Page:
Conclusion: CBD shows promise for improving the quality of life in people with Parkinson’s disease but larger trials are needed.
Conclusion: Topical CBD may be beneficial at relieving arthritis but no high-quality human studies prove this.
Unlike THC, CBD has no psychoactive properties and will not give you a “high”. There is no evidence it has any abuse or dependence potential and to date, there is no evidence that it is associated with any serious side effects, according to the World Health Organization.
8. Parkinson’s Disease
Conclusion: CBD may help with depression but more trials are needed.
Pretreatment with 300mg CBD significantly relieved anxiety in 57 healthy males who undertook a simulated public speaking test. However, dosages of 150mg CBD and 600mg CBD did not make any difference to the men’s anxiety levels. 7
A laboratory study found that CBD prevented human sebocytes from creating too much sebum in addition to having an anti-inflammatory effect, preventing inflammatory cytokines from activating. Because excessive sebum and inflammation are characteristic of acne, topical CBD could be an effective treatment for acne and may prevent or reduce future breakouts. 12,13
In addition, more trials are needed to investigate its use for numerous other conditions, such as muscle-spasticity in multiple sclerosis, Alzheimer’s disease, substance-abuse treatment, and diabetes protection.
In addition, the stroke volume (the amount of blood remaining in the heart after a heartbeat) was significantly reduced, meaning that the heart was pumping more efficiently.
There are no guidelines for the appropriate use of CBD oil. CBD oil is usually delivered sublingually (under the tongue). Most oils are sold in 30-milliliter (mL) bottles with a dropper cap.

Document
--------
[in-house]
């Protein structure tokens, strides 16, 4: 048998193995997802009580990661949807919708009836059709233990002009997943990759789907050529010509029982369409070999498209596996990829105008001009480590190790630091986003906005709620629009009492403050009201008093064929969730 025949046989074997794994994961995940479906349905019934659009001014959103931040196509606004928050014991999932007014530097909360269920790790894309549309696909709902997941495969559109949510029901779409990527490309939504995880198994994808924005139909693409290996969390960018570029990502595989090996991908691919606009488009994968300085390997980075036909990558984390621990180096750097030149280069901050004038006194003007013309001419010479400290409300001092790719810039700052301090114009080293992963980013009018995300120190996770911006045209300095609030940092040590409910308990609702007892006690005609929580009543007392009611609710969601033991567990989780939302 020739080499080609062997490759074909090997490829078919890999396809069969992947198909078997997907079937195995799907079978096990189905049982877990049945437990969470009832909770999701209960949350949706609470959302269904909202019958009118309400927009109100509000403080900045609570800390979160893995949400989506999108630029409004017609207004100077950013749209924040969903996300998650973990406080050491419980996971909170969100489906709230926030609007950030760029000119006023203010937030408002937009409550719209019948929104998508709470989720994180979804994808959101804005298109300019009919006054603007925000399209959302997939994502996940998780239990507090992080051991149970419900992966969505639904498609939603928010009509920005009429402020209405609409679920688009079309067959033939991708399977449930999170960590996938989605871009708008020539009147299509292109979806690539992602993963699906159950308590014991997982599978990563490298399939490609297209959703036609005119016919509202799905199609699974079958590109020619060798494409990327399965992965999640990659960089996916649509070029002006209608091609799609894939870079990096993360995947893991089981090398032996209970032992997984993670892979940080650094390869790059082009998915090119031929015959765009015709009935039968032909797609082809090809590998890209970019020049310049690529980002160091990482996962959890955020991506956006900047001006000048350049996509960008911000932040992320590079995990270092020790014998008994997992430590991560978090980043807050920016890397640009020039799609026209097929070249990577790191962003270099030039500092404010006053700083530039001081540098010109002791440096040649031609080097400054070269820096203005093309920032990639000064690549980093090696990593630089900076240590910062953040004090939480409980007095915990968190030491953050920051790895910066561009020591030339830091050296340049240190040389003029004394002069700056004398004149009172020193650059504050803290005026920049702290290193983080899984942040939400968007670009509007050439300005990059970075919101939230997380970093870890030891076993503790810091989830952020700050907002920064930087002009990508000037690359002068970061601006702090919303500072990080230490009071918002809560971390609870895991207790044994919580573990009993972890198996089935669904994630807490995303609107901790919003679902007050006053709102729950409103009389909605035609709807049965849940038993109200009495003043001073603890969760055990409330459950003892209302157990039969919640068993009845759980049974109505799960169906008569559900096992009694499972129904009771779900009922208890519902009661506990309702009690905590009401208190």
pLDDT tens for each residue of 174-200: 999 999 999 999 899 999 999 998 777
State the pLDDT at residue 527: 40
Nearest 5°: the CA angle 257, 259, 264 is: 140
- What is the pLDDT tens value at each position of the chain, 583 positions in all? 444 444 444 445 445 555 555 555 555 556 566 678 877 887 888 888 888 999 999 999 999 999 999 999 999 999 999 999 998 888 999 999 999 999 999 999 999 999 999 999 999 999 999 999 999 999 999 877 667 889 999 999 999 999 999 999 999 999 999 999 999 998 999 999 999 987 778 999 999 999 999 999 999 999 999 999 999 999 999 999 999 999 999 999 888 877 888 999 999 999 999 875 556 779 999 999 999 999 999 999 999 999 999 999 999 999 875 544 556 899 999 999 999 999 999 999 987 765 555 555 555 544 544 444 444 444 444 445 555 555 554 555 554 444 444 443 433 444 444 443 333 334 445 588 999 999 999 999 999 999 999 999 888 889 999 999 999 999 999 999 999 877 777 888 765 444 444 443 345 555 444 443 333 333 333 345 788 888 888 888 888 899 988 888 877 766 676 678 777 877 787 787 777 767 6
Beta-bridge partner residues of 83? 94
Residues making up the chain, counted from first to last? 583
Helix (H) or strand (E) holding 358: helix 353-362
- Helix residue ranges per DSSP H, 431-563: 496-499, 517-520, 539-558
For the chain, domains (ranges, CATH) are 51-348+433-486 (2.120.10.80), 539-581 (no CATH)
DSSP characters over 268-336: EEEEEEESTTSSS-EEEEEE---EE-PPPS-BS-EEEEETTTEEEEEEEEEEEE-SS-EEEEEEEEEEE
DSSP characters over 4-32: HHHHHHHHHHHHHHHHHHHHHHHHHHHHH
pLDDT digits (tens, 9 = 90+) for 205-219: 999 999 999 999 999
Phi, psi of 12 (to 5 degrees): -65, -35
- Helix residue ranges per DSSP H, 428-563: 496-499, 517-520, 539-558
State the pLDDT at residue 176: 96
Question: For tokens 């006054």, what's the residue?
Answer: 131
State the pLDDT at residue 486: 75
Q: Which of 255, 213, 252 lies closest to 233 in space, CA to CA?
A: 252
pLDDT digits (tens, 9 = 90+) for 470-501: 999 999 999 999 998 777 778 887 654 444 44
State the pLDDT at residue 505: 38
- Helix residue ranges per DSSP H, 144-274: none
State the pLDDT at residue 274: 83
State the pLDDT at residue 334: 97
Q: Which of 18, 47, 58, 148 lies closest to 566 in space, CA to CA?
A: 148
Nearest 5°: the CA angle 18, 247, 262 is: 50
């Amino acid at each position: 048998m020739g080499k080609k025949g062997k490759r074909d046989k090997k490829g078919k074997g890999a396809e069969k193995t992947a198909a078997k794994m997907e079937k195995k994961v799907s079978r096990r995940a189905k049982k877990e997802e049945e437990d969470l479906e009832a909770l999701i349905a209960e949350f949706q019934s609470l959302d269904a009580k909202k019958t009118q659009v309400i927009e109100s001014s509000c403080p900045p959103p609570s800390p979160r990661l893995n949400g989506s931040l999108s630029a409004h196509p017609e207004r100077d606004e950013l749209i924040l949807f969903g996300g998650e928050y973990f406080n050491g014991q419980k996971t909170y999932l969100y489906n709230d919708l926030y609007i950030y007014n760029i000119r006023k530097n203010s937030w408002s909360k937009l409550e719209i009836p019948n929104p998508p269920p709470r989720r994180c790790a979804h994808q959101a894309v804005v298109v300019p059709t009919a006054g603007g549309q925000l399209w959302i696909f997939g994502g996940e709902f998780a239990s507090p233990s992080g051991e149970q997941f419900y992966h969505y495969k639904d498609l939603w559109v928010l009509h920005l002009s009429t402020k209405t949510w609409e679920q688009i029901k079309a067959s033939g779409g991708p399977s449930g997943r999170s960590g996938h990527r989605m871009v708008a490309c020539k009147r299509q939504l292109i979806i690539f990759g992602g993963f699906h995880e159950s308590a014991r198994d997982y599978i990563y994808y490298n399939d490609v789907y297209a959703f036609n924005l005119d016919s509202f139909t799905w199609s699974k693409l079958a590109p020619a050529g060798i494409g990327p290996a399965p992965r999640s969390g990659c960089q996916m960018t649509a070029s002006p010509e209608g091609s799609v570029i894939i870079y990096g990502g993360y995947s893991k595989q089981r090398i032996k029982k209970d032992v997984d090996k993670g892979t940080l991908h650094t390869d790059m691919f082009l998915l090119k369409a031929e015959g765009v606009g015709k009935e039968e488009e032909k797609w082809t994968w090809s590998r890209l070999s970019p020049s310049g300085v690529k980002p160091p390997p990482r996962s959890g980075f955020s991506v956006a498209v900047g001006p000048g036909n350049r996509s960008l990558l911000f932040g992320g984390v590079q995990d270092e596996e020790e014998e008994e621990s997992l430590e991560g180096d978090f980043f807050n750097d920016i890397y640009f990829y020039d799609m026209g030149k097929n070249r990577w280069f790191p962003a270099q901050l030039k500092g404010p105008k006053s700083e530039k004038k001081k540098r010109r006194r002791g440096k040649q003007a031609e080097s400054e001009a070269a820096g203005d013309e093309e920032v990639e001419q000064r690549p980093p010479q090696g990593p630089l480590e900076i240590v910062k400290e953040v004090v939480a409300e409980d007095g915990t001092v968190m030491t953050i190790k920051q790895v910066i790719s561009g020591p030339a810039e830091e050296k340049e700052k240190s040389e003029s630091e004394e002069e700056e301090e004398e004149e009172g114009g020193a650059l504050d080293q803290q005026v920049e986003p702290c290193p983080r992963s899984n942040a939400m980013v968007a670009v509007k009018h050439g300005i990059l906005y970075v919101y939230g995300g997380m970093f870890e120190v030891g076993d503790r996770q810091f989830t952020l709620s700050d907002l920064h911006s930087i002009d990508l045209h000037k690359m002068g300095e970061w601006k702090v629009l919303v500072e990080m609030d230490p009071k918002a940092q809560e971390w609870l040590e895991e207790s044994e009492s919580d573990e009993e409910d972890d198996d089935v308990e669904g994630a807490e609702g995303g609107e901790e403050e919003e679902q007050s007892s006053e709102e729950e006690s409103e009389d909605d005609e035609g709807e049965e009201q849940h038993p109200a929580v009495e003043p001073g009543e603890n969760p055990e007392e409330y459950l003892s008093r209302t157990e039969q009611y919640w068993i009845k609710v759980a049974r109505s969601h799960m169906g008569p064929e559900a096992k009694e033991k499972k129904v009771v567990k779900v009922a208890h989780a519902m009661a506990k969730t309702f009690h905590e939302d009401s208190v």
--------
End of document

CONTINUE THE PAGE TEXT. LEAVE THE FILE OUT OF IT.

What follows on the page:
According to a 2017 study in the Journal of the American Medical Association, only 30.95% of CBD products sold online were correctly labeled. Most contained less CBD than advertised, while 21.43% had significant amounts of THC.
Part of this response could be explained by the way that CBD acts in the brain. In low doses, CBD may act as an agonist to several receptor sites, meaning it acts similarly to surrounding molecules that normally bind to the receptor, enhancing the signalling of those receptor sites. At higher doses, however, too much activity at the receptor site can lead to an opposite effect, negating the beneficial effects of CBD.
According to the investigators, men provided 300 mg of CBD exhibited less anxiety than those given a placebo. Interestingly, those provided 100 mg or 600 mg of CBD oil did not.
Many of these interactions are mild and require no adjustment to treatment. Others may require a drug substitution or the separation of doses by several hours.
To avoid interactions, tell your doctor and pharmacist about all prescription, over-the-counter, herbal, or recreational drugs you are taking.